Joe Sullivan is itching to get out of prison. He's taken the rap for Rick, who owes him $50 Grand. Rick sets up an escape for Joe, knowing that Joe will be caught escaping and be shot or ... See full summary »
Jerry McKibbon is a tough, no nonsense reporter, mentoring special prosecutor John Conroy in routing out corrupt officials in the city, which may even include Conroy's own police detective father as a suspect.
Rocky Mulloy, back in town after serving 5 years of a life sentence for armed robbery, hopes to clear his friend Danny Morgan who's still in prison for the same crime. It won't be easy. Even the witness who cleared Rocky thinks he's guilty; Danny's glamorous wife Nancy, living in a sleazy trailer court, seems lukewarm about getting Danny back; cynical cop Gus Cobb just wants to stir things up in hopes that the missing "hot" $100,000 will surface. Plenty of tough talk, night scenes, deceptive dames and double crosses in this typical film noir. Written by
Rod Crawford <firstname.lastname@example.org>
Like the old Sinatra song, things can be far better the second time around. The first time I saw "Cry Danger" it was shortly after a viewing of "Murder, My Sweet" and it just couldn't compare to that classic. I recently viewed the movie again and I must say that "Cry Danger" was a lot of fun.
The real stars of the movie are 1) the dialogue, and 2) Dick Powell's delivery of that dialogue. Bogart and Mitchum are blue collar guys who deliver these kinds of one-liners beautifully...and it stings...but Powell has an air of elegance and intelligence wrapped in a white collar, so when he gets caustic, condescending, sarcastic, and nasty, it seems to hurt even more. And it hurts so good. There is nothing more delicious to Noir fans than Powell letting rip with a great one-liner. And the more casual he is, the more "tossed away" the line is delivered, the more we grin with satisfaction. It's just a thing of beauty.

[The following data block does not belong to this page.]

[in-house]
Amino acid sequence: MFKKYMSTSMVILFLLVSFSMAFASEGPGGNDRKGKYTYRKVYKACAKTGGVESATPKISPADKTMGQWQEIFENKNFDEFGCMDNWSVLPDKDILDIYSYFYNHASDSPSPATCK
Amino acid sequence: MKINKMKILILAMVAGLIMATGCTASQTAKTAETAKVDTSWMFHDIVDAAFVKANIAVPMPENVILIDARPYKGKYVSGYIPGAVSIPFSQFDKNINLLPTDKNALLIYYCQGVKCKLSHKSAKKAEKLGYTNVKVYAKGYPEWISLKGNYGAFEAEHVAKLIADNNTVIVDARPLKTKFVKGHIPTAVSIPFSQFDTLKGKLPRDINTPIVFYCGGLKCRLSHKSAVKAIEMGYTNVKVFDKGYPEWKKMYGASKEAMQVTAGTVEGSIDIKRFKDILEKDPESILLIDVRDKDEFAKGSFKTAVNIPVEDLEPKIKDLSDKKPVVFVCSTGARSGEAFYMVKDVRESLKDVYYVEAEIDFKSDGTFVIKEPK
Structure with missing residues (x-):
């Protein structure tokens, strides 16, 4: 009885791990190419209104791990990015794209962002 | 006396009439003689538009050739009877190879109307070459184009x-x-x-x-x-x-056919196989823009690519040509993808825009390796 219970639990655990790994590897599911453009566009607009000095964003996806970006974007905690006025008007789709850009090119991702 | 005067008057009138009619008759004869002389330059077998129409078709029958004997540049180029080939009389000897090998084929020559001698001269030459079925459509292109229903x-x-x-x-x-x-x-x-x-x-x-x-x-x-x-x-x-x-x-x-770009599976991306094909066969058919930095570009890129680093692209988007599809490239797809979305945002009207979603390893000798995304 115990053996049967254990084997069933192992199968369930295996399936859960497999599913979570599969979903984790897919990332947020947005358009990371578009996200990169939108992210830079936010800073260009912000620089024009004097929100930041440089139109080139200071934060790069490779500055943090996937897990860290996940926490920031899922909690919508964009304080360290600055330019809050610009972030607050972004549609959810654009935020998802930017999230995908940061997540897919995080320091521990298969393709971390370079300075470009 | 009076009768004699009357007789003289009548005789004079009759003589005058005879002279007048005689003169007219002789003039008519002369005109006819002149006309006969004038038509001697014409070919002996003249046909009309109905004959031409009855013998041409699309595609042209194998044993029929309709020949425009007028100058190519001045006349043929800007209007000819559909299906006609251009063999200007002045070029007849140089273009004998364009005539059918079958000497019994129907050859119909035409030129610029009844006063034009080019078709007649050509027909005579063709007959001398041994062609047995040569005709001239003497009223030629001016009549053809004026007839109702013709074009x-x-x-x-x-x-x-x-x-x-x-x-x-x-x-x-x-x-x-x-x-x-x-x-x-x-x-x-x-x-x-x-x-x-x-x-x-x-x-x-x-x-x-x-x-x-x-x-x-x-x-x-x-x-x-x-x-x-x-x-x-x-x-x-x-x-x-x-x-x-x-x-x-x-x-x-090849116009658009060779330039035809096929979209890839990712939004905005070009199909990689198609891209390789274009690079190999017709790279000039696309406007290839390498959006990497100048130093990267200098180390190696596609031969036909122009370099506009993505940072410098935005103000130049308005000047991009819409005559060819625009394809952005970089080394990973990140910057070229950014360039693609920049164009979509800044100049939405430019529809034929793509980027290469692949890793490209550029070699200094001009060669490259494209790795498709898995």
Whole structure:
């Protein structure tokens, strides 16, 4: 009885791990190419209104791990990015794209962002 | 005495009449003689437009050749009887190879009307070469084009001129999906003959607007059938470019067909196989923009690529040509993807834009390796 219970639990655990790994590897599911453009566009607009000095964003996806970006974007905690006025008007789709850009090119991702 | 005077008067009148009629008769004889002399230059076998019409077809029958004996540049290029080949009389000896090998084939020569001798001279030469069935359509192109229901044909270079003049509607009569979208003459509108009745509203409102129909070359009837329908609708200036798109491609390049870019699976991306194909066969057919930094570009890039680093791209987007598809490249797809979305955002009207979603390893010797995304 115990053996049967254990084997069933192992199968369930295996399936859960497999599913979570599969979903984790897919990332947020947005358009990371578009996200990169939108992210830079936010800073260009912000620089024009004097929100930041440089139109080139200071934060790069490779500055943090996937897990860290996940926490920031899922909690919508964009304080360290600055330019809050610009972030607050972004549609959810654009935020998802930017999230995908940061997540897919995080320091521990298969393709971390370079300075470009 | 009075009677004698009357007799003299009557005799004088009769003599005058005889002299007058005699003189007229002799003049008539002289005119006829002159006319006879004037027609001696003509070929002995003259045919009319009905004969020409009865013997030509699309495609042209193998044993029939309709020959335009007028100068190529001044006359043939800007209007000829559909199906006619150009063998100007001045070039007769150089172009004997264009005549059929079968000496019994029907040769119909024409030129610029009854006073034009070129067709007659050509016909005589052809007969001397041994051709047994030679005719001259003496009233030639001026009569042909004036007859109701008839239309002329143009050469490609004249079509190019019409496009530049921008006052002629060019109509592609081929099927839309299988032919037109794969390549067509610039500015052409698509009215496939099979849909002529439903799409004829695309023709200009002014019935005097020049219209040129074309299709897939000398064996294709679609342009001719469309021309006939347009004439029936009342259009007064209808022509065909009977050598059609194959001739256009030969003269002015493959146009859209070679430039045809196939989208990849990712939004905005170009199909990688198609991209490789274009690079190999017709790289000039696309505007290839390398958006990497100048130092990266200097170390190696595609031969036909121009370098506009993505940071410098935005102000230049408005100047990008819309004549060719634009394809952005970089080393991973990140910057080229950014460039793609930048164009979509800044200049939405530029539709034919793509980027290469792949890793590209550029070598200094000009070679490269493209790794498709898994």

The supporting cast is good, with just about everyone pulling their weight admirably. William Conrad, Regis Toomey, and Rhonda Fleming are in fine form. I was expecting twists, turns, and deceit from Erdman's character, but after an interesting reveal in the beginning of the film, his character seems to be abandoned and left only to provide some comic relief. That missed opportunity aside, though, the script is fun and moves along briskly.
The direction is just fine, though not as dark as I would have liked it...but that is a minor complaint. There is a rawness and realism to these B films that I find much more rewarding than a lot of the glossy A films produced.
8 out of 10 for a thoroughly enjoyable hour and a half crawl through the seedy underbelly of Tinsel Town.
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